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Racial Discrimination In The Adventures Of Huckleberry Finn And To Kill A Mockingbird

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In today’s world ninety-two percent of African Americans claim that Black Americans still face discrimination. Surprisingly, this large number is considered a significant decrease from what it used to be in the past. Even after the Civil Rights Act in 1964, African Americans still feel inequality between themselves and people of other races, specifically in the south (Bates).

Mark Twain, the author of “The Adventures of Huckleberry Finn” grew up in Florida, Missouri in the mid 1800’s. He spent much of his boyhood on the banks of the Mississippi River, and his book takes place along this river around the same exact time. In Twain’s writing he shares the mind and journey of a young boy who observes the life, romance, and violence that is displayed along the Mississippi River . The personalities of each character in his novel is designed to show the different controversial beliefs from back in that time period. Twain uses a a small handful of the characters to represent the minority group of people who did oversee the difference in a person’s color, and respect that person for who they were (Mark).

Harper Lee, the author of “To Kill a Mockingbird”, was born and raised in Monroeville, Alabama. She was the youngest of four children and born of a Lawyer. Similarly to Twain, her writing reflects her own childhood experiences as the main character in her novel is also a daughter of a lawyer in the state of Alabama. Through her story, she actively portrays the differing attitudes between the colored and the whites, between the women and the men, and between the poor and the privileged (Harper).

Mark Twain’s “The Adventures of Huckleberry Finn” and Harper Lee’s “To kill a Mocking Bird” both resemble dark, complex issues such as racism and class discrimination to highlight the changing aspects of social acceptance, and the growing number of people who are finding a voice. These authors both gave their characters a voice to help spotlight their own voice in society.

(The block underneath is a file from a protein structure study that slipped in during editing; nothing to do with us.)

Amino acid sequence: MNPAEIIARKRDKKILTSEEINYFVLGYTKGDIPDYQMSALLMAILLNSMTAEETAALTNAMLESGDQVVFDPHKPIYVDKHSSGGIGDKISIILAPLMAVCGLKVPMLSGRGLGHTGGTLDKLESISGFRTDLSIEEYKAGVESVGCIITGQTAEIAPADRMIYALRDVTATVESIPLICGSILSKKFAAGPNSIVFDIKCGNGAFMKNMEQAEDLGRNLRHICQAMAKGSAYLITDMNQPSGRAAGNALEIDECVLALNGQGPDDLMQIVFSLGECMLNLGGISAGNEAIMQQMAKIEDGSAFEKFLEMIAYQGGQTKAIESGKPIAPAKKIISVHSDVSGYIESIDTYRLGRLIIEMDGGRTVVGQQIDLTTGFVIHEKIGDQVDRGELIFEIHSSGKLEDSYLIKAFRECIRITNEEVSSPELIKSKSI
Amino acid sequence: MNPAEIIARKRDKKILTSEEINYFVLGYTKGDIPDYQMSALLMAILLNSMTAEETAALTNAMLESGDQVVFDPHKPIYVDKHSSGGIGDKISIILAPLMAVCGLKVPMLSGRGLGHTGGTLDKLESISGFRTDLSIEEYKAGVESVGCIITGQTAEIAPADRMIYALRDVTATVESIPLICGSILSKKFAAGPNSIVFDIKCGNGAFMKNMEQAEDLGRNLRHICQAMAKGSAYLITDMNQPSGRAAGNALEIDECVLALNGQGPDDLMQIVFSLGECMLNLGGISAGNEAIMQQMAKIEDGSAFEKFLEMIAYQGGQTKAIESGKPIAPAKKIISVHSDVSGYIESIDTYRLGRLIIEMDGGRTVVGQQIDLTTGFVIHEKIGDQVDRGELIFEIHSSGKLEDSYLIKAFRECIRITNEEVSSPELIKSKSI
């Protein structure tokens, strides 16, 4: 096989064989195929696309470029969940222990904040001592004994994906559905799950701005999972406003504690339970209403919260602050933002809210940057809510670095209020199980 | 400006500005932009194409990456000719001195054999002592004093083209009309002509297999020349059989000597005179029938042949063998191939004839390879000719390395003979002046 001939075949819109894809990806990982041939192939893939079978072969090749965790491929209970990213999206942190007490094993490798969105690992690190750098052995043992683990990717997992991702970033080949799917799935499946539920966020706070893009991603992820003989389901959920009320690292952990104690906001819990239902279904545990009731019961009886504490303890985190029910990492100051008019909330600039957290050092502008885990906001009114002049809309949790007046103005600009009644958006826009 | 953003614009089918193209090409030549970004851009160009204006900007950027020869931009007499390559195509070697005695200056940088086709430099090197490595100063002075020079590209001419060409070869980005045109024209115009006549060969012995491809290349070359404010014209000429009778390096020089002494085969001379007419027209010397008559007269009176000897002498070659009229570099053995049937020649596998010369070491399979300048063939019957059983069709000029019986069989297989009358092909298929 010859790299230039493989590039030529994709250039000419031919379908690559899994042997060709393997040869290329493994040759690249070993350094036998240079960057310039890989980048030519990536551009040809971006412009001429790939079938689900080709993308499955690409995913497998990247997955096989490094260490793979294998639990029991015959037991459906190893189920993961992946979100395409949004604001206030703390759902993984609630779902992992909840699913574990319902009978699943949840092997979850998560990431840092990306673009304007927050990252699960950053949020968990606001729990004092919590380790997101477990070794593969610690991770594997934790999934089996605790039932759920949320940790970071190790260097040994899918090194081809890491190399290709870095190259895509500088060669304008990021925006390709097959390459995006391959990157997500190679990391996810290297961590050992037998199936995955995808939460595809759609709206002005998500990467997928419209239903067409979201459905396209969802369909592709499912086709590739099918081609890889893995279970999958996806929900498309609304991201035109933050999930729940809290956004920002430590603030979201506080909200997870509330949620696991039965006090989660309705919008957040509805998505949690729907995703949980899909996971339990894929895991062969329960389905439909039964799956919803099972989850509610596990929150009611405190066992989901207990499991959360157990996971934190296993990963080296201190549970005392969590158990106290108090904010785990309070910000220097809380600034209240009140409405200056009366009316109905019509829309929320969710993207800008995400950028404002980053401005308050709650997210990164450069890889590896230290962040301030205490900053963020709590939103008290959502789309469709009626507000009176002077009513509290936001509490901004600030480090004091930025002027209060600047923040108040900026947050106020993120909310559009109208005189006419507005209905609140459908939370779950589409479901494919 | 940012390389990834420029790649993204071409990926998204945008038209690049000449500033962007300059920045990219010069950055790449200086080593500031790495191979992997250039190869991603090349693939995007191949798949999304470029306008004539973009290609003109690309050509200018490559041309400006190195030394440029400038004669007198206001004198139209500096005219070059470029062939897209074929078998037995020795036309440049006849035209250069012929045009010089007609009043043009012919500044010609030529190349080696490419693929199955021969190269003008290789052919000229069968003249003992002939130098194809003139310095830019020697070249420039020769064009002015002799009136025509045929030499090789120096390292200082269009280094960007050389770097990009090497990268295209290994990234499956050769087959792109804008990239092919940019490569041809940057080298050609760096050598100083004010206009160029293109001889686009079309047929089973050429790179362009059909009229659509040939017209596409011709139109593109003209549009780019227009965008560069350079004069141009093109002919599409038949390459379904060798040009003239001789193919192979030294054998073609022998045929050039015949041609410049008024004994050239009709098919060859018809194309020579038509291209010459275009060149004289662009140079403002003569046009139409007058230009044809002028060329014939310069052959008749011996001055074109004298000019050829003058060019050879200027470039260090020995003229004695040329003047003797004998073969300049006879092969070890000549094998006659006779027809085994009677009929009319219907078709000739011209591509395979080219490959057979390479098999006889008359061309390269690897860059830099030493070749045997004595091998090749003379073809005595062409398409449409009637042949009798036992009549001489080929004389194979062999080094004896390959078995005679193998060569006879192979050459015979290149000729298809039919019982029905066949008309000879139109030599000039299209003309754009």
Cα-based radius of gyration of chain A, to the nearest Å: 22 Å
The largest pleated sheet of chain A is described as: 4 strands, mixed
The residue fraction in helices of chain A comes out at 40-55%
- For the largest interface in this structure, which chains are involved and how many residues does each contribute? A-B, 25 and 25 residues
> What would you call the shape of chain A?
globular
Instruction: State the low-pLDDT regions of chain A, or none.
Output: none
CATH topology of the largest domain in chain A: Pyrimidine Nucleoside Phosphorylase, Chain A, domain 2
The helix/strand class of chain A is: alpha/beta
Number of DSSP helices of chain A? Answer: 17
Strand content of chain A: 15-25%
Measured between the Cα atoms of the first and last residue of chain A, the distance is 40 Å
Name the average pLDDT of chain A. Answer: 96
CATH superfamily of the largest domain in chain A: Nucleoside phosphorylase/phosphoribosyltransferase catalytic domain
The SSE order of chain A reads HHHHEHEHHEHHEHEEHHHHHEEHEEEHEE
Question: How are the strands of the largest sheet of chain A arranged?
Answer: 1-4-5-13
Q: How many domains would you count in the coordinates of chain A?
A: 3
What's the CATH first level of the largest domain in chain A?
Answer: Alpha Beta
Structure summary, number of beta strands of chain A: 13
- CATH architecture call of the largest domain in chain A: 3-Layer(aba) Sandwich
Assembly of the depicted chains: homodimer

As influential authors during their time, both Twain and Lee similarly developed a strong understanding of the racial, gender, and class discriminating views around them. They took it into their own hands to fight against it. It is easily stated that “The most conscientious among the citizenry must then necessarily take it upon themselves to reverse judicial decree” (Hall). This expresses the importance of a person to take action him or her self. Both Twain and Lee can be considered to have very well developed consciences. By being more conscientious, these authors became more aware than others of the social discrimination that was around them. Twain and Lee took it into their own hands by writing novels to express the beliefs that their consciouses shared with them. In Mark Twain’s novel he “explores his family and social relationships as well as his literary and intellectual connections” (Margolis). Exploring societal relations was not yet something that many people took charge of. Twain seemed to pave the way for this early on. Most people, unlike Mark Twain, in the nineteenth century were still focused on themselves. They were not yet looking at the people and the world around them. Twain expresses in his novel that “The pitifulest thing” is that people fight with courage that’s borrowed from their mass, and from their officers” (Twain). Through these words from “The Adventures of Huckleberry Finn” Twain explains how the actions that people take are not taken because of their own desire to, but instead they only take these actions because the majority of people are. This is a clear representation of the common agreement that it is easier to go with the flow rather than try and swim against it. By using the voice of Huck Finn, Twain attempts to influence people to take action based on what they believe, not what is the social norm. Because Twain’s thinking was so much more ahead of his time, “For his own safety he must cushion his directness against a society he does not fit into” (Solomon). By writing viewpoints in the nineteenth century that are still working on being accepted in today’s society, Twain was putting himself at and extremely high risk. He was able to express new, unaccepted ideas by hiding his own voice behind the voices of characters in a fictional novel. This became an appropriate way for other writers, such as Harper Lee, to later on express their beliefs on controversial issues.